|The Real North Korea|
The Real North Korea by Andrei Lankov published in 2013 talks about the birth of the regime in 1947 after the election of Kim Il Sung known as "Liberator of Small Nations Generalissimo Stalin!"
Thus, the book describes that since 1972, all North Koreans above 16 years old are required to patch a badge showing Kim Il Sung's visage when they leave their homes. Likewise Kim Il Sung's portraits were to be placed at every office and house. As it goes by 1980 portraits of his successor son Kim Jong Il were displayed side by side his father. By the 90's Kim chng-suk, Kim Il Sung's wife and Kim Jong Il's mother were added. There were special instructions on hoe such images were supposed to be maintained in pristine condition as one would be punishable should they be missing or damaged.
Parts of the book describes how Kim Il Sung spent some years in the Soviet Union while the complete media control of the regime. This book authored by Andrei Lankov is so far I've seen as one of the most in depth so far in the last few years. The author a history professor in South Korea a native of Leningrad carefully studied the North while as an exchange student and has written tow bestselling books previously related to the topic.
Reviews such as: "The Real North Korea is one of the best books about this isolated republic to appear in years. Andrei Lankov draws on three decades of experience to write a deeply informed, thoughtful, fair-minded and highly readable account of 'life and politics' in North Korea, from day one to the present. His policy recommendations for dealing with the nuclear problem, for a South Korea waiting impatiently to inherit the North, and for the eventual end of this regime as we know it, are cogent and full of something rare in discussions about this irascible country: common sense."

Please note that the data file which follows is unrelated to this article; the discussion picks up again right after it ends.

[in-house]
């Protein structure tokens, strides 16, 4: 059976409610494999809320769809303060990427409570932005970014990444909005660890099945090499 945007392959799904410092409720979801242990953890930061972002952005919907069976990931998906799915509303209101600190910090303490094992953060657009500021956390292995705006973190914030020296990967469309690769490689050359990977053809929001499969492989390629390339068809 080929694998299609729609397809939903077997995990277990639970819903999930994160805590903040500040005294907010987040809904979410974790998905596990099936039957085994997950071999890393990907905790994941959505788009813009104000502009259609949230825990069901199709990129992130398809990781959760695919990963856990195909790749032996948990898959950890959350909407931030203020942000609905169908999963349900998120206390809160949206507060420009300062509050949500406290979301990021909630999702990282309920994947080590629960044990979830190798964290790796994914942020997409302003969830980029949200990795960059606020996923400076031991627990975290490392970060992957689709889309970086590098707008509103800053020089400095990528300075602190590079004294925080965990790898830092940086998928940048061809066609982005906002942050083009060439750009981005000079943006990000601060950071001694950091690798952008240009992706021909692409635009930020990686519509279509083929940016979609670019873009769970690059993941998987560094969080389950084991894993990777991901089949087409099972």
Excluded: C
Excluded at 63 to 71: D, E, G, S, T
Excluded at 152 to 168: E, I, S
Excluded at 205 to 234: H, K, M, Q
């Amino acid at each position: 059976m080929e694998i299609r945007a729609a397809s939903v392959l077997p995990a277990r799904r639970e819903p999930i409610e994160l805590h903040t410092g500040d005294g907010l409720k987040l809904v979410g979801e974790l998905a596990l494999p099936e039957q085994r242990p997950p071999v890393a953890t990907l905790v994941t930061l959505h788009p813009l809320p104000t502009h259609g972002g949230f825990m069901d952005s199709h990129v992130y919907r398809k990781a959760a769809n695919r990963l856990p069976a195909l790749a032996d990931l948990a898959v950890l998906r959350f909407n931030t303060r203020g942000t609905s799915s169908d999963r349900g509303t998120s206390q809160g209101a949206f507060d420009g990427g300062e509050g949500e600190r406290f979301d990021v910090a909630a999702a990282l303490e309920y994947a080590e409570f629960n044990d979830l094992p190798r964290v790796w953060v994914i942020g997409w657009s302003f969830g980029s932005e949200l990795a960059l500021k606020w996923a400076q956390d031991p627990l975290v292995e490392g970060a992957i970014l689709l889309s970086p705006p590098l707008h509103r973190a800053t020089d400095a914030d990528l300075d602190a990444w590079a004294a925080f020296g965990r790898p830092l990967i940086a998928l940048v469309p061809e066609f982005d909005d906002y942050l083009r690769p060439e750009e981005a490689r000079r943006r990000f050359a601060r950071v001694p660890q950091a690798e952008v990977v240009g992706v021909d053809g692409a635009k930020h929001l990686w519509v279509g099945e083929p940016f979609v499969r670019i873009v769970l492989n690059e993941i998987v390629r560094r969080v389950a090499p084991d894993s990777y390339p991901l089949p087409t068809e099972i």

-Bruce Cumings, Chair of the History Department at the University of Chicago, and author of Korea's Place in the Sun: A Modern History
As the book's introduction started on how Westerners think about North Korea when mentioned? "A Mad Country", "Stalinist Regime" and of course "Nuclear Brinkmanship". The logic behind is that North Korea and it's regime is still living from the past world yet it completely controls the country and it's citizens. It trails back in 1990 ending the Soviet Union's status of world power when the Kim family decided they are preserving what they had during that time and not do anything in terms of reforms. The repercussions after can be a long list to discuss yet the outcome is that is that it is still in power today. This is why as mentioned it's still continuing what is was since the fall of the Soviet Union.
As such Andrei Lankov writes, A living political fossil, it clings to existence in the face of limited resources and a zombie economy, manipulating great powers despite its weakness. Its leaders are not ideological zealots or madmen, but perhaps the best practitioners of Machiavellian politics that can be found in the modern world. Even though they preside over a failed state, they have successfully used diplomacy-including nuclear threats-to extract support from other nations. But while the people in charge have been ruthless and successful in holding on to power, Lankov goes on to argue that this cannot continue forever, since the old system is slowly falling apart. In the long run, with or without reform, the regime is unsustainable. Lankov contends that reforms, if attempted, will trigger a dramatic implosion of the regime. They will not prolong its existence.
Hence, with this in mind hopefully it gives a more clearer overview of the present North Korean regime.Some simply thinks it was predominantly because it has a mad leader but yet the above situations and tactics gives a better understanding of the regime and the country actions and thinking plus way of life.
Diplomacy is at it's best for the regime using the nuclear propaganda in attaining leverage on it's preset goals. We do know however as with the current US administration and past administrations quoting that everything is on the table including use of force. Nevertheless, reality check we know North Korea is face with limited resources especially on the biggest economic sanctions vested to it today. As when it boils down even use of force entails money which is heavily dependent on the state of a country's economy.
This book is great read with the few remaining copies in print today.